But its painted!  Let’s focus on that achievement.  We’re obviously slow over here.

Update:

  • Prime, paint, and seal the cabinets. (we opted to not seal)
  • Buy new hardware and add it to the cabinets (duh)
  • Paint the walls and ceiling
  • Re-do the countertop (either paint or re-laminate)
  • Re-redo the countertop again (surprise surprise!)
  • Replace the floor
  • Finally finish installing the big light (it needs a sealing gasket thing installed, but we couldn’t find it for awhile lol)
  • Replace the under cabinet light
  • Find a permanent solution for the trash and recycle bins (on our way!)
  • Make the upper corner shelf open shelving (just have to add the shelves back in – more on that later)
  • Paint the new open shelving in the corner (still have to paint the actual shelves + maybe a pattern in the background + hang the shelves)
  • Possibly replace the above-window light
  • Add some sort of curtains to the window and the door
  • Strip and repair the doors to the outside and to the basement
  • Paint the doors to the outside and the basement
  • Bright gloss white paint on the trim and doors
  • Create a family command center on the big open wall that includes a calendar, mail center, meal planner, and anything else we may find useful.
  • Add a light in the little nook where the doors are?
  • Decorate.
  • Enjoy.

 

Gross Grout

5 people read my blog on a regular basis.  Five.  I spell it out so you know that’s not a typo.  You, one of the five.  So it’s really silly that I type this like it’s some sort of big shot blog, but I like to cover my bases.  With that said, nobody paid me for this post or any other (seriously though, where do I sign up for that?  Cash money.)   Not a dime is made from this blog.  I actually make negative money when you think about the time I put into it means time I am not getting paid for my actual real job.

Rejuvenate White Grout Restorer Marker Pens

Rejuvenate White Grout Restorer Marker Pens

You may have heard me say the word gross..or disgusting.. or dirty before in reference to our house and specifically in reference to our kitchen.  We love our little first home.  It gets more perfect everyday.  However, it really was filthy when we moved in and some things refuse to come clean.  Like the white grout in our kitchen.  So one day early on after moving in I was in our Second Home (Depot) and discovered these bad boys right here.

They’re about $6 for two of them and I love them.  I should tell you I ruined the first one.  Completely utterly destroyed it trying to grasp a technique that works well.  If you have ever used a paint marker, you know something about these.  In fact, I can’t specifically say these aren’t just paint markers marketed for a specific purpose.  I don’t have any inclination of what makes them special to use on grout.  But I bought them and love them and would totally buy them again.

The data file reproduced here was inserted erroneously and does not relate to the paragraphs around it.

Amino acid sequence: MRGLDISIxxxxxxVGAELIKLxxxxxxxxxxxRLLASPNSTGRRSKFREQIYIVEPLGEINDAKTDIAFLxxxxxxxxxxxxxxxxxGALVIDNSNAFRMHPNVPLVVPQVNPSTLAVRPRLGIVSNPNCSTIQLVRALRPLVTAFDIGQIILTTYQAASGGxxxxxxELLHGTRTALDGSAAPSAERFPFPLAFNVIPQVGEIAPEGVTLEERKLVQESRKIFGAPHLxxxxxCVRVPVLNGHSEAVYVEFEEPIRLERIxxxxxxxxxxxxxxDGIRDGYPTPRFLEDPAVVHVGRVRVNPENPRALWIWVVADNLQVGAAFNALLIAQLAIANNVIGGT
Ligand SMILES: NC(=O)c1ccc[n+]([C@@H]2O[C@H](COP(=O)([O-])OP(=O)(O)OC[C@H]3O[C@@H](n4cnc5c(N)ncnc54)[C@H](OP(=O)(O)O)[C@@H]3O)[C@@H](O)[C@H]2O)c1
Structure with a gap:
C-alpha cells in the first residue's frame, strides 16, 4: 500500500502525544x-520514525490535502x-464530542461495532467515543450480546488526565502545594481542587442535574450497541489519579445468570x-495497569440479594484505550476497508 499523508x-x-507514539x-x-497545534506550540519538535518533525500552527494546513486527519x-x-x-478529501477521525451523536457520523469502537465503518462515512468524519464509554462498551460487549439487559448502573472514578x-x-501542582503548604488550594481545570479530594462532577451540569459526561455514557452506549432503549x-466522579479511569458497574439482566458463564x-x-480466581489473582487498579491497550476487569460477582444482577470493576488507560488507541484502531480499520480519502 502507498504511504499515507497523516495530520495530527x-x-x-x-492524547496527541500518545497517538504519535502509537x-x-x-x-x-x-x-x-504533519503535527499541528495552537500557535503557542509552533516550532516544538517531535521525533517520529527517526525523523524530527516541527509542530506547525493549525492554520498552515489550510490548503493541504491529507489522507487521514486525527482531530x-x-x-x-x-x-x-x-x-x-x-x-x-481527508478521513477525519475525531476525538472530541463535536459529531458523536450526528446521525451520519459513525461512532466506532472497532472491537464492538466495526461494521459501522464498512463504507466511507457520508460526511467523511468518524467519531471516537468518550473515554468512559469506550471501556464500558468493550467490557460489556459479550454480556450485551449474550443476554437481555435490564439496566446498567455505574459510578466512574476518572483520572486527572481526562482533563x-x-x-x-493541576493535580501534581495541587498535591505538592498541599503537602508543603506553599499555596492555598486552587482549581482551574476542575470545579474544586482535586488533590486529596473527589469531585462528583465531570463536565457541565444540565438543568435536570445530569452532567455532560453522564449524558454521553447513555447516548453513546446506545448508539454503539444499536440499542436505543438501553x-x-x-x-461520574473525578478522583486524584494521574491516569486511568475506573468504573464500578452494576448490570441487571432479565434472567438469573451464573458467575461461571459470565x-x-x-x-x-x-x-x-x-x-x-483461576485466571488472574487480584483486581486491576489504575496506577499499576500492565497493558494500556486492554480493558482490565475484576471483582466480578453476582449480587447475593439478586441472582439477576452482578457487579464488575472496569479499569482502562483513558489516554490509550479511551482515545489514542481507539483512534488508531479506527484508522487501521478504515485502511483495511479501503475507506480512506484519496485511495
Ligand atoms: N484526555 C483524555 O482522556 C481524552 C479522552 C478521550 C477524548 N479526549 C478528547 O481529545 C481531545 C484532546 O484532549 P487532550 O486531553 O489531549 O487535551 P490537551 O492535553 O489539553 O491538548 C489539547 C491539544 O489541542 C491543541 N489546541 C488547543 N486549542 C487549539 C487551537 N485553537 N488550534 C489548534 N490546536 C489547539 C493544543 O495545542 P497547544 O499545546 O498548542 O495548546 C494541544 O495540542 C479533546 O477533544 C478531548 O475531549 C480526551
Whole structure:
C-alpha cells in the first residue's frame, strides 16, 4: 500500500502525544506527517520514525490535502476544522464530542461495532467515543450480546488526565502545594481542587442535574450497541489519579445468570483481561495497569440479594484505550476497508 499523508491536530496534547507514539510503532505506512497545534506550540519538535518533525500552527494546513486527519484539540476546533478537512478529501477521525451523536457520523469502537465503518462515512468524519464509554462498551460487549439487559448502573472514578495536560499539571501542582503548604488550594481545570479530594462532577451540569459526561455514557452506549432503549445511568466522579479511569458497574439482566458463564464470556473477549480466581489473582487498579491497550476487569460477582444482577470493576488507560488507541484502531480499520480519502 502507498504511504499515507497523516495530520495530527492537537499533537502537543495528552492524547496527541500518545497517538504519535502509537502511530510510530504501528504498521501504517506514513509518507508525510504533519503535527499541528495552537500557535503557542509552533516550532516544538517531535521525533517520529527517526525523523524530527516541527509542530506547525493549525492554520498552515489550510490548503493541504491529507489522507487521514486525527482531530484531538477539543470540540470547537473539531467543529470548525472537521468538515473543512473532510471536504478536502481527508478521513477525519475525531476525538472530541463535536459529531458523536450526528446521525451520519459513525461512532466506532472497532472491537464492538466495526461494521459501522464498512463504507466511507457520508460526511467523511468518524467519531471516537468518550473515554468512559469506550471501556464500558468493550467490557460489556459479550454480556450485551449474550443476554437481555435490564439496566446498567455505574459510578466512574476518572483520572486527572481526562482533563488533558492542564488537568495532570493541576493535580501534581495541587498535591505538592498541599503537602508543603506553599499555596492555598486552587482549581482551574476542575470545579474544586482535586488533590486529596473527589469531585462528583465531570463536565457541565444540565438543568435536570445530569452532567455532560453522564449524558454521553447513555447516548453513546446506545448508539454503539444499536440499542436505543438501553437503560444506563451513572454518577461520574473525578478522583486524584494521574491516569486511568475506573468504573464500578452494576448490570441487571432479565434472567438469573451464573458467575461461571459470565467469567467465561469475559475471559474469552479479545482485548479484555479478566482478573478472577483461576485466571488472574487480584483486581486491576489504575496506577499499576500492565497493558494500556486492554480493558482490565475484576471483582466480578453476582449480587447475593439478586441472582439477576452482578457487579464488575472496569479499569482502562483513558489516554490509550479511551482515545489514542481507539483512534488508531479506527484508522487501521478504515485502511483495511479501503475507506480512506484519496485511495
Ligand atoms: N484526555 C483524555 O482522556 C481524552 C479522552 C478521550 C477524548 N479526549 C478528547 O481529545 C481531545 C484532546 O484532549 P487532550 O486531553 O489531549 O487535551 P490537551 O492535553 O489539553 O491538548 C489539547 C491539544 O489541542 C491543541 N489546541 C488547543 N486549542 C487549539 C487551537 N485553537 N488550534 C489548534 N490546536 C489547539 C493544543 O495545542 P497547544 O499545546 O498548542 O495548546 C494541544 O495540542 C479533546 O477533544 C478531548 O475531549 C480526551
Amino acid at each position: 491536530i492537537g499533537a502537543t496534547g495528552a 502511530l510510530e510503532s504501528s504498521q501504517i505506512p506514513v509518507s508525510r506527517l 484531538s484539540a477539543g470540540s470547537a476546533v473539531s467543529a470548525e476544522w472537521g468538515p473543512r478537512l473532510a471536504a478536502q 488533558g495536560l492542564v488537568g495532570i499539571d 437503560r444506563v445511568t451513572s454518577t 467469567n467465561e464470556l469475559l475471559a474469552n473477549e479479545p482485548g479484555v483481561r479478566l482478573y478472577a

Let me tell you about some tips I picked up while ruining the first marker.

The package says to press in the tip to get the paint flow.  Yes, that’s a great idea.  But a bad idea is to press it into the grout to get the paint to flow.  That will eventually destroy the tip and you will end up like I did with a 3/4 of the way full marker and no tip to use it with.  Luckily I had enough with my second pen and I never ruined it, but learn from me just in case you have much more grout than I do.

I eventually worked out a system.  It consists of finding something that you can stick the pen into when you are using it to store it point down.  Mine was a fancy trivet thing that I don’t use as a trivet.  It has a little hole in it that the capped marker fit perfectly in.

Got your trivet like thing?  Great.  Now, start by cleaning your grout.  Always clean everything.  It sucks, just do it.  I hate cleaning and I did it so you can manage.

Once you’re clean and dry (and so is your grout), then get your pen and some sort of rag you don’t mind ruining.  I happen to have a gigantic pack of lint free cloths that we bought when we painted the cabinets, so I used one of those.

Grab your pen and shake it like a salt shaker shake it like a salt shaker shake it like a salt shaker (I know not a single other line from that song).  Once you are convinced your paint is flowing well, press the tip into the rag gently.  I’d say gently as if you were popping a pimple (just keeping it real) or squeezing a grape, but not like you hate the pen or it threw a drink in your face or perhaps works for Fox News.   You’ll see the paint start flowing out on your cloth.

Once you can visibly see the paint, run the marker gently (don’t press too hard – just hard enough) over the grout either until the paint stops flowing or you’ve done about a square foot of grout.  You don’t want to do too much painting at once because if it dries, you can’t get it off.  As far as running the marker over the grout, I found that dragging it down the tile so that the fibers in the tip weren’t pushed against themselves worked best. To say it another way, if you look at that picture of the hand holding the pen in the product picture – holding the marker like that, drag down, DON’T PUSH UP – NEVER UP, so as to maintain the pen tip.

Now you’ve got your square foot of paint done or however much you just did (hey maybe you don’t listen and you just read random blogs to not follow their advice), put your marker cap back on and place it in your little trivet hole so that the ink can follow gravity towards the tip.  Take your throwaway towel and wipe off the paint that got everywhere but your grout.  I found that if I put light pressure on the rag and just ran it on the grout lines, the paint genuinely stuck to the grout but came off of everything else.  Every once in awhile, I had to focus in and really detail get the paint off the tile. Generally tho, the quick wipe was all I need.